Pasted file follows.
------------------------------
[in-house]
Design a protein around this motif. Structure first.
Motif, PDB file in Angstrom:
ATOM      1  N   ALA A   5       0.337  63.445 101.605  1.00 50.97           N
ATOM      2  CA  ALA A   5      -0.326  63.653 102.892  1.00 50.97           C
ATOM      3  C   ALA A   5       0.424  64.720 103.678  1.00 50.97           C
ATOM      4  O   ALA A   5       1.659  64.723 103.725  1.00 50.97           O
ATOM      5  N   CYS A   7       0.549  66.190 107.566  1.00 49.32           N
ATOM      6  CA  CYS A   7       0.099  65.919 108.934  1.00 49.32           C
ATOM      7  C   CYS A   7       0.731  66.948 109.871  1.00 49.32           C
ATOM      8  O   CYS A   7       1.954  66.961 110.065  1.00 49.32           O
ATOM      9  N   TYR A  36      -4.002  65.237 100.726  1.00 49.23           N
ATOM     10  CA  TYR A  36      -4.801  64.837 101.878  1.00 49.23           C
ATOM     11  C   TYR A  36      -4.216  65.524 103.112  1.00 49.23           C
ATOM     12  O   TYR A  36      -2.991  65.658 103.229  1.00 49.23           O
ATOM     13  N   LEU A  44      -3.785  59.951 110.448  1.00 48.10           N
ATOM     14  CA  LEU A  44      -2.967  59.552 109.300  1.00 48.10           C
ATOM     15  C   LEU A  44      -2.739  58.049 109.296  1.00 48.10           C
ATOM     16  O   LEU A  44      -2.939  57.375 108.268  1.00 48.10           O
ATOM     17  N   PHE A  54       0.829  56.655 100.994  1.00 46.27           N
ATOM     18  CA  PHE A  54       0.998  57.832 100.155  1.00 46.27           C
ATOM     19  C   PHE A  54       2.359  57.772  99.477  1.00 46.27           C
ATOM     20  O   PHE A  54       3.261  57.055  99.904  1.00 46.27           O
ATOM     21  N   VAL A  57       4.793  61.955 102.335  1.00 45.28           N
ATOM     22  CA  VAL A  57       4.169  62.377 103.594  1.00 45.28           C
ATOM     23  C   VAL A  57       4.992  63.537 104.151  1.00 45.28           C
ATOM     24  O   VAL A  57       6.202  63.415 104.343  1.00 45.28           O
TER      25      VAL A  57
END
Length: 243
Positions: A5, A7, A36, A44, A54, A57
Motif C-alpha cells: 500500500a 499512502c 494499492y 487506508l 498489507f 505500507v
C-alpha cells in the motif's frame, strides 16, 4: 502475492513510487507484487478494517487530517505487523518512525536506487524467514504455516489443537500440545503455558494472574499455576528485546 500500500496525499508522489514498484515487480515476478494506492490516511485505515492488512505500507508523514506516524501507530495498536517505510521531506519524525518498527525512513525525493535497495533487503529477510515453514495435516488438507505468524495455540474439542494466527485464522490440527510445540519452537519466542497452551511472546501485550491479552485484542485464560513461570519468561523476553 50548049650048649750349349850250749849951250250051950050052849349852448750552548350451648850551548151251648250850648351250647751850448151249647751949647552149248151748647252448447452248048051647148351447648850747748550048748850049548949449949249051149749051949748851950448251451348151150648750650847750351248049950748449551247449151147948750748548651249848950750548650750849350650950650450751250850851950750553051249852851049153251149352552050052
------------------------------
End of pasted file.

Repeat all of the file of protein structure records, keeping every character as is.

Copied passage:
[in-house]
Design a protein around this motif. Structure first.
Motif, PDB file in Angstrom:
ATOM      1  N   ALA A   5       0.337  63.445 101.605  1.00 50.97           N
ATOM      2  CA  ALA A   5      -0.326  63.653 102.892  1.00 50.97           C
ATOM      3  C   ALA A   5       0.424  64.720 103.678  1.00 50.97           C
ATOM      4  O   ALA A   5       1.659  64.723 103.725  1.00 50.97           O
ATOM      5  N   CYS A   7       0.549  66.190 107.566  1.00 49.32           N
ATOM      6  CA  CYS A   7       0.099  65.919 108.934  1.00 49.32           C
ATOM      7  C   CYS A   7       0.731  66.948 109.871  1.00 49.32           C
ATOM      8  O   CYS A   7       1.954  66.961 110.065  1.00 49.32           O
ATOM      9  N   TYR A  36      -4.002  65.237 100.726  1.00 49.23           N
ATOM     10  CA  TYR A  36      -4.801  64.837 101.878  1.00 49.23           C
ATOM     11  C   TYR A  36      -4.216  65.524 103.112  1.00 49.23           C
ATOM     12  O   TYR A  36      -2.991  65.658 103.229  1.00 49.23           O
ATOM     13  N   LEU A  44      -3.785  59.951 110.448  1.00 48.10           N
ATOM     14  CA  LEU A  44      -2.967  59.552 109.300  1.00 48.10           C
ATOM     15  C   LEU A  44      -2.739  58.049 109.296  1.00 48.10           C
ATOM     16  O   LEU A  44      -2.939  57.375 108.268  1.00 48.10           O
ATOM     17  N   PHE A  54       0.829  56.655 100.994  1.00 46.27           N
ATOM     18  CA  PHE A  54       0.998  57.832 100.155  1.00 46.27           C
ATOM     19  C   PHE A  54       2.359  57.772  99.477  1.00 46.27           C
ATOM     20  O   PHE A  54       3.261  57.055  99.904  1.00 46.27           O
ATOM     21  N   VAL A  57       4.793  61.955 102.335  1.00 45.28           N
ATOM     22  CA  VAL A  57       4.169  62.377 103.594  1.00 45.28           C
ATOM     23  C   VAL A  57       4.992  63.537 104.151  1.00 45.28           C
ATOM     24  O   VAL A  57       6.202  63.415 104.343  1.00 45.28           O
TER      25      VAL A  57
END
Length: 243
Positions: A5, A7, A36, A44, A54, A57
Motif C-alpha cells: 500500500a 499512502c 494499492y 487506508l 498489507f 505500507v
C-alpha cells in the motif's frame, strides 16, 4: 502475492513510487507484487478494517487530517505487523518512525536506487524467514504455516489443537500440545503455558494472574499455576528485546 500500500496525499508522489514498484515487480515476478494506492490516511485505515492488512505500507508523514506516524501507530495498536517505510521531506519524525518498527525512513525525493535497495533487503529477510515453514495435516488438507505468524495455540474439542494466527485464522490440527510445540519452537519466542497452551511472546501485550491479552485484542485464560513461570519468561523476553 50548049650048649750349349850250749849951250250051950050052849349852448750552548350451648850551548151251648250850648351250647751850448151249647751949647552149248151748647252448447452248048051647148351447648850747748550048748850049548949449949249051149749051949748851950448251451348151150648750650847750351248049950748449551247449151147948750748548651249848950750548650750849350650950650450751250850851950750553051249852851049153251149352552050052